The Effect of White and Pink Noise on Hospitalized Older Adults
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|ClinicalTrials.gov Identifier: NCT03485183|
Recruitment Status : Not yet recruiting
First Posted : April 2, 2018
Last Update Posted : April 2, 2018
|Condition or disease||Intervention/treatment||Phase|
|Delirium in Old Age||Device: White/Pink Noise Other: Control Group||Not Applicable|
The purpose of this study is to determine if using an over-the-counter, commercially available sleep noise machine playing pink or white noise will reduce the incidence of delirium in hospitalized patients over the age of 65. Delirium is an acute change in cognition which commonly occurs in hospitalized older adults, and is linked with sleep-wake cycle disturbance. Delirium is associated with increased morbidity and mortality as well as longer hospital stays. This project will record Nursing Delirium Screening (Nu-DESC) scores for those receiving the intervention and comparing them to baseline data. Reducing delirium rates using a noninvasive, inexpensive method in a hospital setting could have a significant impact on patient outcomes and potentially reduce costs associated with longer hospital stays.
This protocol is based on two concepts. The first is that white/pink noise aids in promoting both sleep quality and quantity and the second is that poor sleep is associated with delirium. Therefore, it stands to reason that improving sleep may decrease the rate of delirium. It is well documented that the elderly are affected by delirium more than other demographics, therefore the benefits to this group would be the greatest in terms of decreasing morbidity and mortality.
White/pink noise was first described as a successful sleep intervention more than 30 years ago in a cardiac intensive care unit study. From that time to present there have been many studies that describe positive effects on sleep by noise machines as a single intervention, but typically they are bundled with other interventions such as earplugs and eye masks. Within the last 5 years, there has been a resurgence in the clinical study of white/pink noise on sleep quality and many of these studies use the gold standard of polysomnography, which employs many sensors to continuously monitor brain waves and sleep patterns. These studies also show a positive impact on both duration and quality of sleep.
More than 15 recent studies were identified that found a correlation between the sleep cycle and delirium. In these studies, sleep disturbance is present in the majority of patients with delirium. There is a clear link between sleep-wake cycle disturbance and delirium, but it is unclear whether an interrupted sleep-wake cycle causes delirium or vice versa. Despite the uncertainty, studies do show that sleep-enhancing interventions decrease rates of delirium and the duration of the delirium. The principal investigator would like to determine if white/pink noise can improve sleep quality and/or quantity, thereby decreasing the incidence of delirium.
|Study Type :||Interventional (Clinical Trial)|
|Estimated Enrollment :||50 participants|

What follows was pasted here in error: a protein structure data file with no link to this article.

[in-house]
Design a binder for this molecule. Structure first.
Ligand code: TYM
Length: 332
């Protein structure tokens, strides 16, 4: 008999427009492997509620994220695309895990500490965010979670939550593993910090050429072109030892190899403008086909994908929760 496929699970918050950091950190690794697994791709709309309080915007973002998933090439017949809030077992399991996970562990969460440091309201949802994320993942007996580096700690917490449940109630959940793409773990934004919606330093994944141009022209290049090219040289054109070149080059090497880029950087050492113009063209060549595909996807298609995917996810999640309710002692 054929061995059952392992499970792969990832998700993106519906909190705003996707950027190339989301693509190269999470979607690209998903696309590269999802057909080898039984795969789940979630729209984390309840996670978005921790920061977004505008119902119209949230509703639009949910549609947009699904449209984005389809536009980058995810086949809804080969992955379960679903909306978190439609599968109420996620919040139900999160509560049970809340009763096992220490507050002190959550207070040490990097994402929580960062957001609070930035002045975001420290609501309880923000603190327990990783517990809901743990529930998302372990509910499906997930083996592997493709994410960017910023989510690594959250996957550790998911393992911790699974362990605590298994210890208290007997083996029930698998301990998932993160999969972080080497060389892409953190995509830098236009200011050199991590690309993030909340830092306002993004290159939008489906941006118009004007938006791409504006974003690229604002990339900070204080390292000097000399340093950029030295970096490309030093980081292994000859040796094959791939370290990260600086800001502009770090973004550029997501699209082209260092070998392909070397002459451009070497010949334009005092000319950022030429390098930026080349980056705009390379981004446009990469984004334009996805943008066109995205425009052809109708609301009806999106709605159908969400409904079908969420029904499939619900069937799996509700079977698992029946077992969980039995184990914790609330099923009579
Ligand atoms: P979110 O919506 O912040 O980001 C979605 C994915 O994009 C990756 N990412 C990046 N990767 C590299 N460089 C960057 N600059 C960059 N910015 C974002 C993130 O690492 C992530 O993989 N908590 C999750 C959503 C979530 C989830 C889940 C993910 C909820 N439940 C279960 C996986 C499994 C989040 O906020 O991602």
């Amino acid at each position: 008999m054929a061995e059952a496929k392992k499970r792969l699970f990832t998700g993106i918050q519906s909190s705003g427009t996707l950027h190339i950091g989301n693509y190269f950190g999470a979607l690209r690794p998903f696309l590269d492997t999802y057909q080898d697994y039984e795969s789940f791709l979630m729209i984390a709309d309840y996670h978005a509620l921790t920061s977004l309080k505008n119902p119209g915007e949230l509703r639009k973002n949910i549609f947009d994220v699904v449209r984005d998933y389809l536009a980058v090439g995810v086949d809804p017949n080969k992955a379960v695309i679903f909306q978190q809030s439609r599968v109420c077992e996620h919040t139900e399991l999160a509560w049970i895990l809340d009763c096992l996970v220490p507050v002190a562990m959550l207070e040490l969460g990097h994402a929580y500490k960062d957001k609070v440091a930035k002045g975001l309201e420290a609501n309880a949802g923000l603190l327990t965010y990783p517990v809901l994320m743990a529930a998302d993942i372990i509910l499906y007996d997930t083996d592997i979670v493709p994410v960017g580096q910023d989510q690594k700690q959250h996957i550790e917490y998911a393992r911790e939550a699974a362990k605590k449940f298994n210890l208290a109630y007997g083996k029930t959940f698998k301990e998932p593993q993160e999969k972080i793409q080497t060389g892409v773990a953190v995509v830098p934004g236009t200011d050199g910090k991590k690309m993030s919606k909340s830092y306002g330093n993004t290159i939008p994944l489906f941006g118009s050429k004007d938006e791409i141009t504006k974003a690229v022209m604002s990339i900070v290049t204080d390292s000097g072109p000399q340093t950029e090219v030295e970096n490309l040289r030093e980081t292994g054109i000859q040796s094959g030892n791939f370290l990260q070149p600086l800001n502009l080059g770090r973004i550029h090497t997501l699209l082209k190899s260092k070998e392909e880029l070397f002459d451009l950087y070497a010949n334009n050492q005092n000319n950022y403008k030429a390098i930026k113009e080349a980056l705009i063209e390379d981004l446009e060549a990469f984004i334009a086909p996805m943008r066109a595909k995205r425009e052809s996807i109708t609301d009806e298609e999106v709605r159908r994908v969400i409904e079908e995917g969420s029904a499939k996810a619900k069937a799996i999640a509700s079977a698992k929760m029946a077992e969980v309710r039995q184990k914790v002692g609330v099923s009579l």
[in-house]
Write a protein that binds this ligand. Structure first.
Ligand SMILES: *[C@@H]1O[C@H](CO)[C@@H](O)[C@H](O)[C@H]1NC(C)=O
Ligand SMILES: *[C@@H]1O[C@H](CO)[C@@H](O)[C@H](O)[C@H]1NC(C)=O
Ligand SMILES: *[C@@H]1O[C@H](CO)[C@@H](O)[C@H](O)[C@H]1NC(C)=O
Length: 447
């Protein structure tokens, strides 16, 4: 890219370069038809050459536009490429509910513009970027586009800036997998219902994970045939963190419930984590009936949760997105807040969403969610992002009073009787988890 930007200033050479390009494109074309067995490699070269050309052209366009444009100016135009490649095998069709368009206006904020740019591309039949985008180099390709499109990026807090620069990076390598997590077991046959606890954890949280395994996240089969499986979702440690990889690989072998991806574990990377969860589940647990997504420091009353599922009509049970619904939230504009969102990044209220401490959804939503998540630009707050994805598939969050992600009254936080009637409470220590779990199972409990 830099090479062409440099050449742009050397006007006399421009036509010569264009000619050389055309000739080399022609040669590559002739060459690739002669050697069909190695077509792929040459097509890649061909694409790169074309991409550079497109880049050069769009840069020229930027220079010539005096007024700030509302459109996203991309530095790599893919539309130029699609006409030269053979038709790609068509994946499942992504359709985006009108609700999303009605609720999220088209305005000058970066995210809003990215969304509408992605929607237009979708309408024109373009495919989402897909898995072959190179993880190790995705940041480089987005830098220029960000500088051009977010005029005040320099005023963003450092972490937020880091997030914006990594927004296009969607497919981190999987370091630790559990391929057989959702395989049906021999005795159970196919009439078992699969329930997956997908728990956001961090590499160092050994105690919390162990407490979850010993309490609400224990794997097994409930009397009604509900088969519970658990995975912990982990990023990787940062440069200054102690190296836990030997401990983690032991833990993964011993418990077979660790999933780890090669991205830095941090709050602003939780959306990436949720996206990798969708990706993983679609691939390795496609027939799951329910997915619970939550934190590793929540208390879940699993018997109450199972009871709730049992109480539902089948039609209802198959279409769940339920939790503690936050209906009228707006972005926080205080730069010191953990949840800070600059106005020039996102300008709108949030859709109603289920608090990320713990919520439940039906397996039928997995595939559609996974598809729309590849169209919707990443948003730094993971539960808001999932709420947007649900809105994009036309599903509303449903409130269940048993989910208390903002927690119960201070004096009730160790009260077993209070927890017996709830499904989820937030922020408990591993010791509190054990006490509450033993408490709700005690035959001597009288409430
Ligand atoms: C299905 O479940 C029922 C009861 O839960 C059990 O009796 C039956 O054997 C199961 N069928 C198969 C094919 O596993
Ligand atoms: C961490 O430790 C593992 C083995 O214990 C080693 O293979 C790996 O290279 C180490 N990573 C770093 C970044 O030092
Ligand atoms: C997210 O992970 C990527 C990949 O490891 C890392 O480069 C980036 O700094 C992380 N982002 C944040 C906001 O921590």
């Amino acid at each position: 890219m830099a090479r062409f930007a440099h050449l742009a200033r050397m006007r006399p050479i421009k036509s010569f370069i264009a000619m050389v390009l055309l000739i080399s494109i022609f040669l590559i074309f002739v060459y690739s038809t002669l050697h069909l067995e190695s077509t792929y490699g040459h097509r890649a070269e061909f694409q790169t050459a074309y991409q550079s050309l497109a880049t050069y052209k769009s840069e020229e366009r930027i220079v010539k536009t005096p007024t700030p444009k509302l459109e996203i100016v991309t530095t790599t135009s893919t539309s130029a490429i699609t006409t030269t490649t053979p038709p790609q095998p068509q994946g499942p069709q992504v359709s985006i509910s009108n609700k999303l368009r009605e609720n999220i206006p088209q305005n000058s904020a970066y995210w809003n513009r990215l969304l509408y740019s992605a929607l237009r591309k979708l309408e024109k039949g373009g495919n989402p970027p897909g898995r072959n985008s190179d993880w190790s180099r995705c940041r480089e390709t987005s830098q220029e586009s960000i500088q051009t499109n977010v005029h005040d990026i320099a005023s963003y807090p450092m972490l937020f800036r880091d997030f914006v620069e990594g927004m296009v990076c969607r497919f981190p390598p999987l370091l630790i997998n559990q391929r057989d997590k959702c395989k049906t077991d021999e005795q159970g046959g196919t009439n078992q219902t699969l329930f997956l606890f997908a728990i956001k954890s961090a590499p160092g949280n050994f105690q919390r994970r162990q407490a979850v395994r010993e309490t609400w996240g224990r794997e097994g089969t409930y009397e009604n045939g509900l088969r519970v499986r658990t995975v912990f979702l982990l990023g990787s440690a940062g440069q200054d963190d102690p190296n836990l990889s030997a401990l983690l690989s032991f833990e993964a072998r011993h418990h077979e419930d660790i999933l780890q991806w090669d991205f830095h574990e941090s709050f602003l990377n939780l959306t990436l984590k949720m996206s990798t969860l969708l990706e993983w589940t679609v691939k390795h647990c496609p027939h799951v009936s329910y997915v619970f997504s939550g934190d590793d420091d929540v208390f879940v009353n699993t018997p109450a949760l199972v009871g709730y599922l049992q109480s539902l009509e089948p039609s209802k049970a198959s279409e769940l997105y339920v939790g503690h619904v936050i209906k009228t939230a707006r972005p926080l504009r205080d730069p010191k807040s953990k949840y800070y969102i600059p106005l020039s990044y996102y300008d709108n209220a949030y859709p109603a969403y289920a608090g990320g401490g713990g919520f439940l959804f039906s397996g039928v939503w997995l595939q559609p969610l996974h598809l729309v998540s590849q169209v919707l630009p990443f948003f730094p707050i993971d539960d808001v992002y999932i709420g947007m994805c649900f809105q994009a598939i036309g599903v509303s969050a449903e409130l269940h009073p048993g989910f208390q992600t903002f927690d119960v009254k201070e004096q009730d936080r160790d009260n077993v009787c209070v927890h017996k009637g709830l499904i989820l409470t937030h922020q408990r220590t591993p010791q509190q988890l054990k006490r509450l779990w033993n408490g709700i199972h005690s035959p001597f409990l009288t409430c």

|Intervention Model:||Parallel Assignment|
|Intervention Model Description:||Patients will be recruited for the intervention group and receive the intervention. Their data will be compared to baseline data--data without personal identifiers retrieved from chart review. These data will serve as the control group.|
|Masking:||None (Open Label)|
|Official Title:||The Effect of White and Pink Noise on Hospitalized Older Adults|
|Estimated Study Start Date :||October 2018|
|Estimated Primary Completion Date :||December 2018|
|Estimated Study Completion Date :||October 2019|
Experimental: Intervention Group
The PI will set up the PicTek white/pink noise machine on the bedside table, and it will automatically turn on at 2200 and off at 0800 to the patient's preferred sound. The staff nurses will chart Nu-DESC scores every shift and as needed for change in mental status as is the current policy. The PI will collect Nu-DESC scores for the duration of the participants' hospital stays, age, race, gender, presence of a dementia diagnosis, and use of a pharmacological sleep aid.
Device: White/Pink Noise
White and/or pink noise will be played from 2200 to 0800 using the PicTek® white noise machine.
The PI will perform a chart review of patients who were admitted the month prior to the intervention being implemented. The PI will collect Nu-DESC scores for the duration of the participants' hospital stays, age, race, gender, presence of a dementia diagnosis, and use of a pharmacological sleep aid. These patients will receive the standard of care for delirium prevention.
Other: Control Group
Standard of care including lights on during the day and off at night, getting the patient out of bed for meals, presence of a large wall clock in the room, updating the whiteboard with current day, consistent reorientation of patient, geriatrician consults as needed, and pain management.
- Nursing Delirium Screening Scale (Nu-DESC) Score [ Time Frame: Collected every 12-hours shift and as needed for acute change in mental status from baseline through discharge for a minimum of 3 nights not to exceed 14 days. ]Nursing Delirium Screening Scale (Nu-DESC) scores, which are already routinely charted by staff nurses, will be collected after the PI sets up the white/pink noise intervention. A score of >2 is indicative of delirium.
Please refer to this study by its ClinicalTrials.gov identifier (NCT number): NCT03485183
|Contact: Callie R Sullivan, BSN||(256) email@example.com|
|Contact: Latricia D Weed, PhD|
|United States, Alabama|
|UAB Highlands Hospital||Not yet recruiting|
|Birmingham, Alabama, United States, 35205|
|Contact: Callie R Sullivan, BSN 256-694-4399 firstname.lastname@example.org|
|Principal Investigator:||Latricia D Weed, PhD||Troy University|